What is detritus?
Detritus refers to distinct particles of dead organic material combined with some microorganisms that feed on it. When plants and animals die for example, part of them will remain and decompose with the assistance of microorganisms. This leftover material or particle will settle in the soil, on sea beds or even float in water. This specific remains or particle is referred to as detritus and many of it gets re-mineralized because of the presence of microorganisms. In many cases, the feces from small animals that feed on these dead particles contain a mixture of dead material and various microorganisms making it a type of detritus.
For some animal species, detritus serves as a food source. This is especially true for the so-called bottom dwellers. Small animals or microorganisms that stay at the bottom of the sea or river for example feed on these left-over material called detritus. Even if the main components are dead tissue or material, these remain organic and become a good source of nutrients for many microorganisms. These microorganisms will then help detritus to decompose and get re-mineralized. The remaining particles may either get mixed up with other particles and substances while some will settle in their environment and continue to decompose or get eaten by other microorganisms.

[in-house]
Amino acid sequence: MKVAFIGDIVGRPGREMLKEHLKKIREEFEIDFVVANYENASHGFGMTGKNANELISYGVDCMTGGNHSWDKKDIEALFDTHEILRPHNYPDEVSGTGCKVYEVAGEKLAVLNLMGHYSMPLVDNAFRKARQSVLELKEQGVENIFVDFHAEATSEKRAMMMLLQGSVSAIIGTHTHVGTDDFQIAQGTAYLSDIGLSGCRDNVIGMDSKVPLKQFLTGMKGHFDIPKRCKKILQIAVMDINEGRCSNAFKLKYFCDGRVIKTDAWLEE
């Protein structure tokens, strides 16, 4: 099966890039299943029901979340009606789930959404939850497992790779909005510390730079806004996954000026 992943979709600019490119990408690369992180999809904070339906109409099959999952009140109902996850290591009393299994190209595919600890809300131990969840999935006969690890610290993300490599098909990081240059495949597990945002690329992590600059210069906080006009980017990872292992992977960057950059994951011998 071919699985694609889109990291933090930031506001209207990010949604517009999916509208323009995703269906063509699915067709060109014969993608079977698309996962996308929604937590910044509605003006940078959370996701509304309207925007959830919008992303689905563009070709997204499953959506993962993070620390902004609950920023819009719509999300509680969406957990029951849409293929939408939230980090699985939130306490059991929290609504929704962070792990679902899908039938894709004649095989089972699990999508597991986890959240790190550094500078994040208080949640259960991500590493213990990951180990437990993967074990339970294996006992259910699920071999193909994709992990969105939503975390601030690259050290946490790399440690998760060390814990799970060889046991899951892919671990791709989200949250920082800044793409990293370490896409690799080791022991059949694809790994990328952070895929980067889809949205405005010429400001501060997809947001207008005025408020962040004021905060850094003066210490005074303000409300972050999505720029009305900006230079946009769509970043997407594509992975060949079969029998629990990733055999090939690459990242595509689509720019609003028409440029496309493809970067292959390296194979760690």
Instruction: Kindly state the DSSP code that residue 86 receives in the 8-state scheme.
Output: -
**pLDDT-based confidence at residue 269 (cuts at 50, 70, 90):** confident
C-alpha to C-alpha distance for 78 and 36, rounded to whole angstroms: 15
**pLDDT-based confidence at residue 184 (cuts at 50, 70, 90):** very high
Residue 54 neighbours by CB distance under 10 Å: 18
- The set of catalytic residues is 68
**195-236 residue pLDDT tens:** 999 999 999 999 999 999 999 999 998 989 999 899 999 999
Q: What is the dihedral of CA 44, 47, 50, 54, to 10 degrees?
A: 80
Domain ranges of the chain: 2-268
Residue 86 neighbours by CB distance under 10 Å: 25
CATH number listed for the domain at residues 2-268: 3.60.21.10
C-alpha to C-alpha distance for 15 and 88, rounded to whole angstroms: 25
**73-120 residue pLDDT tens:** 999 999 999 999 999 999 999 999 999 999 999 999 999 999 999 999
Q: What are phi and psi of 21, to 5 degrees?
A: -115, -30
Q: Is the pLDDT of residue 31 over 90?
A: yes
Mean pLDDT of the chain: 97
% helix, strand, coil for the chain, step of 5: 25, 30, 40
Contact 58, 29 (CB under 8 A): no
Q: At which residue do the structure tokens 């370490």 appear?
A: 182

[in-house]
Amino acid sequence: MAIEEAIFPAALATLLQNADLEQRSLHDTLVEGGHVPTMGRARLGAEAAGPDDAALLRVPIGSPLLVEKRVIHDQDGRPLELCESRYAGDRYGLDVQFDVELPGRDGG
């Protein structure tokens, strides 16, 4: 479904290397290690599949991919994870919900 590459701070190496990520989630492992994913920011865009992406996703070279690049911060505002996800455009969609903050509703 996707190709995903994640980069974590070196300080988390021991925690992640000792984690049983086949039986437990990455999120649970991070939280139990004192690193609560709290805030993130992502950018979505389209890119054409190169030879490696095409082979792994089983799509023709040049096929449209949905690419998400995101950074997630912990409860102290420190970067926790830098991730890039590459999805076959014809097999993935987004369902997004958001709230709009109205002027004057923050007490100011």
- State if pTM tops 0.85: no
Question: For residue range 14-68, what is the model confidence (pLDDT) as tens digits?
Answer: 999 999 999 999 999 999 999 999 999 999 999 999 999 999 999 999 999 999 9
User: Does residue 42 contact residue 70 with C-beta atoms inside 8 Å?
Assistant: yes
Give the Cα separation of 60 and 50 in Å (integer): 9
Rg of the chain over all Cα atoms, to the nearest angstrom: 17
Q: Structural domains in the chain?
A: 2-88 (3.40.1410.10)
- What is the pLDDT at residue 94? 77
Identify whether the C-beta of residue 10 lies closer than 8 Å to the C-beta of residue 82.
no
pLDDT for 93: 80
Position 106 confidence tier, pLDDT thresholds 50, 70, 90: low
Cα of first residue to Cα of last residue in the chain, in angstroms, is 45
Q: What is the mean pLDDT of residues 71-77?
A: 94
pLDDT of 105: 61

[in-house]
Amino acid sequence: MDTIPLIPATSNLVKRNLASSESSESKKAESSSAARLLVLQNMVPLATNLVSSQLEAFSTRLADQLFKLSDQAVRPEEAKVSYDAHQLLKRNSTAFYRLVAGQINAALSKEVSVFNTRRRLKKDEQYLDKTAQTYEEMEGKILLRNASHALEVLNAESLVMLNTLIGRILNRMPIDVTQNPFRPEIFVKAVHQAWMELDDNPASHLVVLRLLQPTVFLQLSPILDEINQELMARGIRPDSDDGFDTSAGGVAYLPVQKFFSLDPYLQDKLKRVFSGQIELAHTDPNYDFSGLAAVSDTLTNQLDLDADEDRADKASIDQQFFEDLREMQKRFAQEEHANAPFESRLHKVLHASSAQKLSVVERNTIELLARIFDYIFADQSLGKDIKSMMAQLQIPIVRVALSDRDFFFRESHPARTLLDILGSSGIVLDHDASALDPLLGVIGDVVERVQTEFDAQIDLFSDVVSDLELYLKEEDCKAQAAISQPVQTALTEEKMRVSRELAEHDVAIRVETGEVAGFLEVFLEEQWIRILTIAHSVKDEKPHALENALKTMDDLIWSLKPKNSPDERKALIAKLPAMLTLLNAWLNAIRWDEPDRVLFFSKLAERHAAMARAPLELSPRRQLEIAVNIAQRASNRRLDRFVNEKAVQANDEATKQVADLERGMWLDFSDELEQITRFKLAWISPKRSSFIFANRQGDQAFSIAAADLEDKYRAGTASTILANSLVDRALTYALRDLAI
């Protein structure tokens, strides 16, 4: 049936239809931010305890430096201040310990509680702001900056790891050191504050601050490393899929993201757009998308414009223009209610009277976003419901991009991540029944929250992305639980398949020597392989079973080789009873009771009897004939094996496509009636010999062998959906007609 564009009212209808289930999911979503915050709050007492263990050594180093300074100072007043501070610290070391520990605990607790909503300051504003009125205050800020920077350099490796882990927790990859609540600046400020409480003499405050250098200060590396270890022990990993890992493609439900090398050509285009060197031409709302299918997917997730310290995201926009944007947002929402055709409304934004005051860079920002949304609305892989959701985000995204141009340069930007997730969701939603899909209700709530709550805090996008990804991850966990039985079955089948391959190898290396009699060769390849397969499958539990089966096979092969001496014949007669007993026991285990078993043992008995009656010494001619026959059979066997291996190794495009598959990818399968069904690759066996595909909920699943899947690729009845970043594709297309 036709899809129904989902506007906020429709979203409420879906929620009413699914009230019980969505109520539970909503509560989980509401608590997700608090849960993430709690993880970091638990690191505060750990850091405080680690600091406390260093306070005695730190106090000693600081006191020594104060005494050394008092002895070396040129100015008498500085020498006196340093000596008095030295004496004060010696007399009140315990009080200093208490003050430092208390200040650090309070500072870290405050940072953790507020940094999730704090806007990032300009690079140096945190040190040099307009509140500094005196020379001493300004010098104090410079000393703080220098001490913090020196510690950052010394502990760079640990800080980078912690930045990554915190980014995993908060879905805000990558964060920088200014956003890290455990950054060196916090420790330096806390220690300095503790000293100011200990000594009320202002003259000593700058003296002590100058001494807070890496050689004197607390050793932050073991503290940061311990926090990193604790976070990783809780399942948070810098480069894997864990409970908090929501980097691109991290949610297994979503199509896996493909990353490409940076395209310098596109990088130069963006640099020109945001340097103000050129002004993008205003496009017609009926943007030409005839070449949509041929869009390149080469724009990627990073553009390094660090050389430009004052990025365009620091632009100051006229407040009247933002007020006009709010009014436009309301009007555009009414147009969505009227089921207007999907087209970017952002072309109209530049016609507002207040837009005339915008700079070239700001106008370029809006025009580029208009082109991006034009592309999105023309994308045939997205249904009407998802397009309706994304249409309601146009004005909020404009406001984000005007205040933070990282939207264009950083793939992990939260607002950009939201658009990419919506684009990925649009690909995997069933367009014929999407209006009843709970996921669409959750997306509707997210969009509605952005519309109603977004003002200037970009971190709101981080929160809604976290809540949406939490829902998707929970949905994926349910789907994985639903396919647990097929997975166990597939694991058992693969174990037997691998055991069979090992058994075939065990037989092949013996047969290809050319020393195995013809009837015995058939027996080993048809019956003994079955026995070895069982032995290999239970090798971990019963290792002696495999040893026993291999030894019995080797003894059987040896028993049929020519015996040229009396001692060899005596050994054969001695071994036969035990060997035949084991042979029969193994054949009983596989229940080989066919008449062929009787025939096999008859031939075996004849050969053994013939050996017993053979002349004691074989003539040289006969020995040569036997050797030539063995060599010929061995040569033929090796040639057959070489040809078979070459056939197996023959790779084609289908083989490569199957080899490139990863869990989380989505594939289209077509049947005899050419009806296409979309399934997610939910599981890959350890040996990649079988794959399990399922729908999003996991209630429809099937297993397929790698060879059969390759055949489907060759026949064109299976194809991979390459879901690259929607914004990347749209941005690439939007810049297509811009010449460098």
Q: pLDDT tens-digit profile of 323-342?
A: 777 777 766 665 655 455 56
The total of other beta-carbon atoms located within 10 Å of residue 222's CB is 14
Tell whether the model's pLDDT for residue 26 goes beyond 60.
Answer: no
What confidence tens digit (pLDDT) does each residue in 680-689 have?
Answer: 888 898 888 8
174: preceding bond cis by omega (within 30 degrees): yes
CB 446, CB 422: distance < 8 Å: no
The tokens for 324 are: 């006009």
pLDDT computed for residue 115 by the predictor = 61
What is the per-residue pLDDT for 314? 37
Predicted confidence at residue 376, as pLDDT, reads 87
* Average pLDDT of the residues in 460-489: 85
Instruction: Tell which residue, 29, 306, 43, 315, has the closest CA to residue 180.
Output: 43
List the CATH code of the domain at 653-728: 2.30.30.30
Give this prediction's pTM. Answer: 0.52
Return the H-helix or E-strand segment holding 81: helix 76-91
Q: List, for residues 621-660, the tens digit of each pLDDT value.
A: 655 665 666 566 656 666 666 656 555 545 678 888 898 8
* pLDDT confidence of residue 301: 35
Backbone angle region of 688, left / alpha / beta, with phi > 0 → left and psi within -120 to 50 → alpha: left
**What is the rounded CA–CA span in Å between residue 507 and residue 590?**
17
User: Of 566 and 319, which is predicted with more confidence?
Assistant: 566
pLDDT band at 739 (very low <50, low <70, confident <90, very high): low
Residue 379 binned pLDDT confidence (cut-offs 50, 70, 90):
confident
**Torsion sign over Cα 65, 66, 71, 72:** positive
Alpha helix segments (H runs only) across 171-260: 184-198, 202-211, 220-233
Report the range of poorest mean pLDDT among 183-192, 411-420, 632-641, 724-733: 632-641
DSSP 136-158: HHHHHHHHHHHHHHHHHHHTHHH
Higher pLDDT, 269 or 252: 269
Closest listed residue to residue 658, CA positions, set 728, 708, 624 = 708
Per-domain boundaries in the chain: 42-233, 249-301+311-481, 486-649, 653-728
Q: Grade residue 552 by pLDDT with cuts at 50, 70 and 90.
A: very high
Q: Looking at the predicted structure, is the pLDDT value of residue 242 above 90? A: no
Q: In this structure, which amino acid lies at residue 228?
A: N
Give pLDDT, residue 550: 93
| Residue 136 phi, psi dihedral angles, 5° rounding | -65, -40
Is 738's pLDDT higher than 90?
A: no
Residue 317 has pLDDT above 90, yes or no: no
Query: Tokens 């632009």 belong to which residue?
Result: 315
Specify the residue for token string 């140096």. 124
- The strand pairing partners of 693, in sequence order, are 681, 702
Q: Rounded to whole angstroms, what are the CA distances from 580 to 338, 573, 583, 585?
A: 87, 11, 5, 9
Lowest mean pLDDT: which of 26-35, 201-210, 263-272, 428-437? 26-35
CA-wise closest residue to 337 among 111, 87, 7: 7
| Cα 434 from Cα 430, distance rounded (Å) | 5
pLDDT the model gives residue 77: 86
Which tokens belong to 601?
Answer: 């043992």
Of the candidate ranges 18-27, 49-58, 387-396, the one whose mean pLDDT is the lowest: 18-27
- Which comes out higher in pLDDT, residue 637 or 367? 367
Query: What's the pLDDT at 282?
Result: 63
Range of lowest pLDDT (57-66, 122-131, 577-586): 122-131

Detritus may have dead plants or animals as components but it contributes to an important cycle in biology enabling some microorganisms to survive and get food. Once the decay starts for some dead plants and animals, the detritus cycle will start with the help of microorganisms that feed on them. The dead particles will then get re-mineralized and become an organic food source for other microorganisms. After they get eaten or consumed, detritus will then be excreted and become a renewed food source once again for the benefit of other organisms which re-starts the cycle.